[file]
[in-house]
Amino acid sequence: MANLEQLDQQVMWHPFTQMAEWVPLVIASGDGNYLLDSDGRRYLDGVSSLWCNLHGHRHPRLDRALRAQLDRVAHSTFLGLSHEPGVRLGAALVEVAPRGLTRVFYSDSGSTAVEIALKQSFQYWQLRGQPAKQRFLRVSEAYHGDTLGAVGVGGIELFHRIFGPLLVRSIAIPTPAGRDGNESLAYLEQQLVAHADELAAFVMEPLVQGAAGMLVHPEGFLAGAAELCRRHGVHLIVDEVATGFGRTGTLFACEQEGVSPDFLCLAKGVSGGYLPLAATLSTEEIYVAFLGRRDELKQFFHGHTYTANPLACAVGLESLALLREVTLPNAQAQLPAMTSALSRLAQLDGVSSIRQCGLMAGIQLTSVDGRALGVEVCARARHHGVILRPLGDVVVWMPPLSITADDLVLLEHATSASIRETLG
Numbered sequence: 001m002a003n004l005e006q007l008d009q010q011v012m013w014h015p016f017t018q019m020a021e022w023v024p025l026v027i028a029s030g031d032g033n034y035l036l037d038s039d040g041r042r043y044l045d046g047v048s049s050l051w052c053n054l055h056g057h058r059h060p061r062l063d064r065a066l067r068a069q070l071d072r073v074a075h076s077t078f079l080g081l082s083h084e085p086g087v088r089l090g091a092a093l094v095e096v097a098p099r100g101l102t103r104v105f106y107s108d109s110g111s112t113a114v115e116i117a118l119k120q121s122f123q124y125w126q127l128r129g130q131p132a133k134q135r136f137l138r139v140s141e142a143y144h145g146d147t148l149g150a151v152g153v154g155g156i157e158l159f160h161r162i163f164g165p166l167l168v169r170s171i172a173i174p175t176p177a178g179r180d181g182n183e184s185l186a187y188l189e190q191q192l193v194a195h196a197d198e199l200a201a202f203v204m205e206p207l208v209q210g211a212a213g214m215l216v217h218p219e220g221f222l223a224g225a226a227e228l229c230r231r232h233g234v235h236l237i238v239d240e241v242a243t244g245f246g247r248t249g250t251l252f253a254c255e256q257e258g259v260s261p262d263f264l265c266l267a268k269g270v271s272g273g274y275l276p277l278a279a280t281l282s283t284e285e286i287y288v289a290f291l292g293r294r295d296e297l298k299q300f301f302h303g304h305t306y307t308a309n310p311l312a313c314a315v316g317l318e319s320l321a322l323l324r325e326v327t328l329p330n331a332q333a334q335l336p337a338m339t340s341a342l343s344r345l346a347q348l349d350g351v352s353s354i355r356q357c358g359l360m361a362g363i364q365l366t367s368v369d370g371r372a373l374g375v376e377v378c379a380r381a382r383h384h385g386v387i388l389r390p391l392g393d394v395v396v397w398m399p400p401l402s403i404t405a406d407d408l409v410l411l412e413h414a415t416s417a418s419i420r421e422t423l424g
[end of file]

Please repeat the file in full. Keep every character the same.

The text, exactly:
[in-house]
Amino acid sequence: MANLEQLDQQVMWHPFTQMAEWVPLVIASGDGNYLLDSDGRRYLDGVSSLWCNLHGHRHPRLDRALRAQLDRVAHSTFLGLSHEPGVRLGAALVEVAPRGLTRVFYSDSGSTAVEIALKQSFQYWQLRGQPAKQRFLRVSEAYHGDTLGAVGVGGIELFHRIFGPLLVRSIAIPTPAGRDGNESLAYLEQQLVAHADELAAFVMEPLVQGAAGMLVHPEGFLAGAAELCRRHGVHLIVDEVATGFGRTGTLFACEQEGVSPDFLCLAKGVSGGYLPLAATLSTEEIYVAFLGRRDELKQFFHGHTYTANPLACAVGLESLALLREVTLPNAQAQLPAMTSALSRLAQLDGVSSIRQCGLMAGIQLTSVDGRALGVEVCARARHHGVILRPLGDVVVWMPPLSITADDLVLLEHATSASIRETLG
Numbered sequence: 001m002a003n004l005e006q007l008d009q010q011v012m013w014h015p016f017t018q019m020a021e022w023v024p025l026v027i028a029s030g031d032g033n034y035l036l037d038s039d040g041r042r043y044l045d046g047v048s049s050l051w052c053n054l055h056g057h058r059h060p061r062l063d064r065a066l067r068a069q070l071d072r073v074a075h076s077t078f079l080g081l082s083h084e085p086g087v088r089l090g091a092a093l094v095e096v097a098p099r100g101l102t103r104v105f106y107s108d109s110g111s112t113a114v115e116i117a118l119k120q121s122f123q124y125w126q127l128r129g130q131p132a133k134q135r136f137l138r139v140s141e142a143y144h145g146d147t148l149g150a151v152g153v154g155g156i157e158l159f160h161r162i163f164g165p166l167l168v169r170s171i172a173i174p175t176p177a178g179r180d181g182n183e184s185l186a187y188l189e190q191q192l193v194a195h196a197d198e199l200a201a202f203v204m205e206p207l208v209q210g211a212a213g214m215l216v217h218p219e220g221f222l223a224g225a226a227e228l229c230r231r232h233g234v235h236l237i238v239d240e241v242a243t244g245f246g247r248t249g250t251l252f253a254c255e256q257e258g259v260s261p262d263f264l265c266l267a268k269g270v271s272g273g274y275l276p277l278a279a280t281l282s283t284e285e286i287y288v289a290f291l292g293r294r295d296e297l298k299q300f301f302h303g304h305t306y307t308a309n310p311l312a313c314a315v316g317l318e319s320l321a322l323l324r325e326v327t328l329p330n331a332q333a334q335l336p337a338m339t340s341a342l343s344r345l346a347q348l349d350g351v352s353s354i355r356q357c358g359l360m361a362g363i364q365l366t367s368v369d370g371r372a373l374g375v376e377v378c379a380r381a382r383h384h385g386v387i388l389r390p391l392g393d394v395v396v397w398m399p400p401l402s403i404t405a406d407d408l409v410l411l412e413h414a415t416s417a418s419i420r421e422t423l424g